RBA interest rates: 2017 rate hike not off the cards yet

Although many experts are now predicting the Reserve Bank will leave interest rates on hold for the rest of the year, Mozo Data Manager Peter Marshall says a rate hike in late 2017 is still a strong possibility.

The official cash rate has been on hold at 1.50% since it dropped to that record low in August last year, after a long downward slide. But according to Marshall, further rate decreases are more or less off the table now, “mainly because of the cost of housing - the RBA won’t want to exacerbate that situation.”

“Debt has been rapidly increasing in Australia, while wages have stayed stagnant. I daresay the Reserve Bank will be keeping a close eye on this imbalance when making future rate decisions,” he added.

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Marshall says there are instead a range of factors that point to the RBA raising interest rates in late 2017. At home, we’ve seen improvements in trade thanks to a recovery in commodity prices, inflation numbers that are pushing back up to the RBA’s desired 2-3% target, and a GDP that recovered in the December quarter, after contracting in September.

“Underemployment is an ongoing issue,” he mentioned, “but all in all, there are a building set of positive indicators signalling that a rate increase could come sooner rather than later.”

Another significant factor is that US Federal Reserve is expected to hike rates at its meeting on Wednesday. This will be the third rate rise for the US since the financial crisis, and any doubts that it would happen this month were recently quashed by strong employment data from the US.

“This is likely to be just the first in a series of rates hikes from the US Fed, and that gives the Australian Reserve Bank the space needed to raise rates here without risking an undesirably strong Aussie dollar. So as long as the underlying economy supports it, a rate hike in the US is a good indicator that we’ll see the same move at home,” Marshall said.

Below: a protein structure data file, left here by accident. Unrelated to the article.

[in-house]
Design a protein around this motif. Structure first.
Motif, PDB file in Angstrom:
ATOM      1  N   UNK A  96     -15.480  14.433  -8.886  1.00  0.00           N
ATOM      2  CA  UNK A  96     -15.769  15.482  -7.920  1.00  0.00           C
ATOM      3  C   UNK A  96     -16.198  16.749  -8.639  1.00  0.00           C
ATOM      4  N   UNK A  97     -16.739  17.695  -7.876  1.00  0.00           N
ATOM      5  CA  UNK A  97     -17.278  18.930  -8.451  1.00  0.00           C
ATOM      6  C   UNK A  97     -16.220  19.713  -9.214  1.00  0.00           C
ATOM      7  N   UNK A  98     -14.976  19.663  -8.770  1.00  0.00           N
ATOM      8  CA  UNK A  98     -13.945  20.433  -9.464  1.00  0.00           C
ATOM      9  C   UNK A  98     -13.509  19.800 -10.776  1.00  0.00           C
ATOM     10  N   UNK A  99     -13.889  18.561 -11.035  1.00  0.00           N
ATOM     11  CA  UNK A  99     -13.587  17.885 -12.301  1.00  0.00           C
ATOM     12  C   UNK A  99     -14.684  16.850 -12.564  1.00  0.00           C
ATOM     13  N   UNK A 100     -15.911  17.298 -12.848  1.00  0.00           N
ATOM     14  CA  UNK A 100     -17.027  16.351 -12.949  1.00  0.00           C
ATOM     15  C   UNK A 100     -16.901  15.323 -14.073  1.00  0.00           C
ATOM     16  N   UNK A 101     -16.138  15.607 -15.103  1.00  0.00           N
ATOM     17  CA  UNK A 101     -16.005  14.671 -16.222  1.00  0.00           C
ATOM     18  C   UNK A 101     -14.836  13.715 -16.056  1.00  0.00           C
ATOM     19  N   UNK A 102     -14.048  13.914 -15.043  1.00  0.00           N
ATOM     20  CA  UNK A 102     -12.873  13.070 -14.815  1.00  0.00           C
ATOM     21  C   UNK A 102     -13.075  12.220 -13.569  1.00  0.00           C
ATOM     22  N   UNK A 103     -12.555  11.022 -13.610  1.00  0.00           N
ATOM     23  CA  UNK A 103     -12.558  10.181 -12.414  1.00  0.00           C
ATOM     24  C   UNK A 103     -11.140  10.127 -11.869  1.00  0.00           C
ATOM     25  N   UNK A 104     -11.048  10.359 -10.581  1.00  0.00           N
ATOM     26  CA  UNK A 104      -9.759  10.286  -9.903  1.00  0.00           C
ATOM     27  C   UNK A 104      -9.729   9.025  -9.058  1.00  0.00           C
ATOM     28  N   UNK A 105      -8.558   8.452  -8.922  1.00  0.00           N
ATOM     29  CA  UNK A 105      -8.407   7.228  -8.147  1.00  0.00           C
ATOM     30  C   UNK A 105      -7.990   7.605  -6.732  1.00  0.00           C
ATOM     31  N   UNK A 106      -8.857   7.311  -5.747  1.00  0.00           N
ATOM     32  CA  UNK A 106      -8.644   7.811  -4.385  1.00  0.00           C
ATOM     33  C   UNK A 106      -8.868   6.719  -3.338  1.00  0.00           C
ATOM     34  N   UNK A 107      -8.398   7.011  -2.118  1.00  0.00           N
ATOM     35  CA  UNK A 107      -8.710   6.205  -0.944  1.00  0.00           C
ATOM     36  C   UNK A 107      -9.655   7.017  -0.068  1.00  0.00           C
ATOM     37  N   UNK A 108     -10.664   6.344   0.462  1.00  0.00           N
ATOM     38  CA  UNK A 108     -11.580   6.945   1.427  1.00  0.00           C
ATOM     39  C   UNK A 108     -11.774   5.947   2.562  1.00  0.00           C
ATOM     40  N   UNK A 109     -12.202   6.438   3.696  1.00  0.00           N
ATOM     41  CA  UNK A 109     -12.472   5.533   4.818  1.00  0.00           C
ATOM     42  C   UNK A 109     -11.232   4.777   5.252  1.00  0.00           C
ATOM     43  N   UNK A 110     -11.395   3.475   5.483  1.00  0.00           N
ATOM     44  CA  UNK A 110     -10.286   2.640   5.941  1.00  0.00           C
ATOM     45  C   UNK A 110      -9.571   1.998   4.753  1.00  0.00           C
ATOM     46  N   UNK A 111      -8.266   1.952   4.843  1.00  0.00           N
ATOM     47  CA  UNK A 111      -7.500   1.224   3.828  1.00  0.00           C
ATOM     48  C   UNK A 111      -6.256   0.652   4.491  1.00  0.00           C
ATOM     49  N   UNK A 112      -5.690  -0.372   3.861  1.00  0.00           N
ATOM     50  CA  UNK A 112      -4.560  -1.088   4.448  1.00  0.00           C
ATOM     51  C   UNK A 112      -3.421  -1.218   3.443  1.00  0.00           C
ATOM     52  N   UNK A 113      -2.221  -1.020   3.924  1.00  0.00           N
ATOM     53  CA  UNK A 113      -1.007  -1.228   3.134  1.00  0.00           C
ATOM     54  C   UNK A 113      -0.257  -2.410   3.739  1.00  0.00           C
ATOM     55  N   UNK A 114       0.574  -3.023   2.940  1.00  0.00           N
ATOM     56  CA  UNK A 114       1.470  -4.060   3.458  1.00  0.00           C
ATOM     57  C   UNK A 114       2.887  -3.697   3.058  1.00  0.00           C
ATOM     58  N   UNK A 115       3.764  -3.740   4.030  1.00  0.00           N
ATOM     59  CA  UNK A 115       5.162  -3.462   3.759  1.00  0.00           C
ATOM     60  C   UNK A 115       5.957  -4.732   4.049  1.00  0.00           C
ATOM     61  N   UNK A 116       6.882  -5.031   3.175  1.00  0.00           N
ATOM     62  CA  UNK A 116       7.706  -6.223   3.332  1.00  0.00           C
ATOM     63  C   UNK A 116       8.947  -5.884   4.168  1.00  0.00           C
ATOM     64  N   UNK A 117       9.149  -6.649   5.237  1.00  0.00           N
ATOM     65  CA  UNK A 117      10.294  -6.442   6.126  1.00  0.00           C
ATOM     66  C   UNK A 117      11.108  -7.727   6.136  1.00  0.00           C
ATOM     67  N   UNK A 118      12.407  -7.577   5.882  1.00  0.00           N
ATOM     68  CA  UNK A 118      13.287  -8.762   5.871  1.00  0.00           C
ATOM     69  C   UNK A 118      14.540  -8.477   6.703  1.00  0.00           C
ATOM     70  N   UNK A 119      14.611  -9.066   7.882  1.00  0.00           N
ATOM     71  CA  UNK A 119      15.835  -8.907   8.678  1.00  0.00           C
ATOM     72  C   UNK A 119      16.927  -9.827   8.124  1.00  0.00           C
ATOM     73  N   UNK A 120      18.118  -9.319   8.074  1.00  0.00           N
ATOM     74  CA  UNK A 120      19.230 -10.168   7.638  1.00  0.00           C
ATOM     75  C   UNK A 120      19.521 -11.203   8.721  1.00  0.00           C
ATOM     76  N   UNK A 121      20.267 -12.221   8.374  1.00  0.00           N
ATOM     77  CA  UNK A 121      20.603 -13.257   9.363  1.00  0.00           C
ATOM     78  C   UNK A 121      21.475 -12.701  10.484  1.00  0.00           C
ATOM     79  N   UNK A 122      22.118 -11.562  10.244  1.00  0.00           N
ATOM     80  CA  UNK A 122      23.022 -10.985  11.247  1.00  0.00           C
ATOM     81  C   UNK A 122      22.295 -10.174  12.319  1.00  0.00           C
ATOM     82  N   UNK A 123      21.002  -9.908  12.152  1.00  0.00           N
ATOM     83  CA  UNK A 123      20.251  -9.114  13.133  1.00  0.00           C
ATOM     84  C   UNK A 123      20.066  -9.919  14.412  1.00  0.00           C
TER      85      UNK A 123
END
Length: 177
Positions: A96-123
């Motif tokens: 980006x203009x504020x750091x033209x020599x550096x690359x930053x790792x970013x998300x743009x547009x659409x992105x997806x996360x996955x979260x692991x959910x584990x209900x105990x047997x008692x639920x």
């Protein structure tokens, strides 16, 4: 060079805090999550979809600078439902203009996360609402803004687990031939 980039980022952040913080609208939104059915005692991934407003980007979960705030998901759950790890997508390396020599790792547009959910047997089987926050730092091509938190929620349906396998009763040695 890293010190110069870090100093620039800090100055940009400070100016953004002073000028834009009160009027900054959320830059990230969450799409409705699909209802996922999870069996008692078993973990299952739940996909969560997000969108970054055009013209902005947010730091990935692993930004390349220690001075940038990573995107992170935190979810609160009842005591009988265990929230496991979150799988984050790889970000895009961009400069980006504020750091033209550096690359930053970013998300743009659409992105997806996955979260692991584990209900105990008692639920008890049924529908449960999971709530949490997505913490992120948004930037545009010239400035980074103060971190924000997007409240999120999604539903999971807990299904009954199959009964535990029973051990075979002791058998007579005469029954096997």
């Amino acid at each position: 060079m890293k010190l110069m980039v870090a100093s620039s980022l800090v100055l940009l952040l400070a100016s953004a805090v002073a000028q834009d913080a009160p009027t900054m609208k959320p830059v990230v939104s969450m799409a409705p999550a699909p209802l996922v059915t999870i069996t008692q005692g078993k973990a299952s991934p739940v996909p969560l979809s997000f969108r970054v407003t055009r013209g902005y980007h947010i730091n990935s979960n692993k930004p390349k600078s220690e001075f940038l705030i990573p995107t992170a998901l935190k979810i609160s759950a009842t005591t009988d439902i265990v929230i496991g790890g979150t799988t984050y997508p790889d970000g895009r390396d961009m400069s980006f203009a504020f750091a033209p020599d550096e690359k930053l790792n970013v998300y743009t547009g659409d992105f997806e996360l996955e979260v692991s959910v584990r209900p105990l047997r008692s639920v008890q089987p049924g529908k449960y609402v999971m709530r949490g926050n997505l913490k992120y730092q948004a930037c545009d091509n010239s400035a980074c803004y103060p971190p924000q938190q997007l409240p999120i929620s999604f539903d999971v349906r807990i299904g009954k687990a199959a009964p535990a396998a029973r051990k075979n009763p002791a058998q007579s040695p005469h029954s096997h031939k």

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The good news is that a rate rise might provide some much needed relief for beleaguered savers - although Marshall cautioned against rushing into a fixed-term deal.

“Although it might take a while for savings accounts to bounce back, with a rate rise on the horizon, it’s probably not the right time to lock into a term deposit. I’d be waiting to see if the banks raise rates in line with the RBA before locking in,” he said.

In order to secure the best rates on a term deposit, Marshall explained, Aussies generally need to lock in for a term of 12 months or more. But with a competitive savings account, they could snag the same rates - as high as 3.05% - without the risk of missing out on future rate hikes.

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On the other hand, things are not looking very cheery for borrowers. When the US Federal Reserve increases rates, the cost of funding increases for Aussie banks - which means they will need to raise loan rates to maintain their profit margin.

“You can find home loans with fixed periods of 3-5 years only slightly higher than for 1-2 fixed years. So with rates on the rise over the next few years, it may be a good idea for borrowers to settle into a longer fixed term to ride it out,” Marshall said.

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